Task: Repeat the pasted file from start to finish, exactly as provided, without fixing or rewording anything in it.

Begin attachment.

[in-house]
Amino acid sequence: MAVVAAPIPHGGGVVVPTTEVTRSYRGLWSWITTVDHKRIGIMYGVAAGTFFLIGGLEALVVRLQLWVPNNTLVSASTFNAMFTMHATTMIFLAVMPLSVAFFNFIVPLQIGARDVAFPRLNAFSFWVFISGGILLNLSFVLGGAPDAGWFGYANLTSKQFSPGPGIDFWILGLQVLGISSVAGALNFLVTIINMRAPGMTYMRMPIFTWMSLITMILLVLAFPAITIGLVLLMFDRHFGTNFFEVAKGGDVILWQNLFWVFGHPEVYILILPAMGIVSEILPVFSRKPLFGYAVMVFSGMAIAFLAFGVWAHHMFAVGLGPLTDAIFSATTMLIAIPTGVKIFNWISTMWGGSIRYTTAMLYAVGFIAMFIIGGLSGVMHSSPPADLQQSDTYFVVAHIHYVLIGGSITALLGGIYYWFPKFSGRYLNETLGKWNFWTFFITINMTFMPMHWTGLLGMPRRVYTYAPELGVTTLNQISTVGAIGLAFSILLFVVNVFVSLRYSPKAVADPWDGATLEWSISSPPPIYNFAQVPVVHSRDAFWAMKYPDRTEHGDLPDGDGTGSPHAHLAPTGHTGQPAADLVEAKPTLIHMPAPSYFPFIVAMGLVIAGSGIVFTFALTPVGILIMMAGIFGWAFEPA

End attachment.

[in-house]
Amino acid sequence: MAVVAAPIPHGGGVVVPTTEVTRSYRGLWSWITTVDHKRIGIMYGVAAGTFFLIGGLEALVVRLQLWVPNNTLVSASTFNAMFTMHATTMIFLAVMPLSVAFFNFIVPLQIGARDVAFPRLNAFSFWVFISGGILLNLSFVLGGAPDAGWFGYANLTSKQFSPGPGIDFWILGLQVLGISSVAGALNFLVTIINMRAPGMTYMRMPIFTWMSLITMILLVLAFPAITIGLVLLMFDRHFGTNFFEVAKGGDVILWQNLFWVFGHPEVYILILPAMGIVSEILPVFSRKPLFGYAVMVFSGMAIAFLAFGVWAHHMFAVGLGPLTDAIFSATTMLIAIPTGVKIFNWISTMWGGSIRYTTAMLYAVGFIAMFIIGGLSGVMHSSPPADLQQSDTYFVVAHIHYVLIGGSITALLGGIYYWFPKFSGRYLNETLGKWNFWTFFITINMTFMPMHWTGLLGMPRRVYTYAPELGVTTLNQISTVGAIGLAFSILLFVVNVFVSLRYSPKAVADPWDGATLEWSISSPPPIYNFAQVPVVHSRDAFWAMKYPDRTEHGDLPDGDGTGSPHAHLAPTGHTGQPAADLVEAKPTLIHMPAPSYFPFIVAMGLVIAGSGIVFTFALTPVGILIMMAGIFGWAFEPA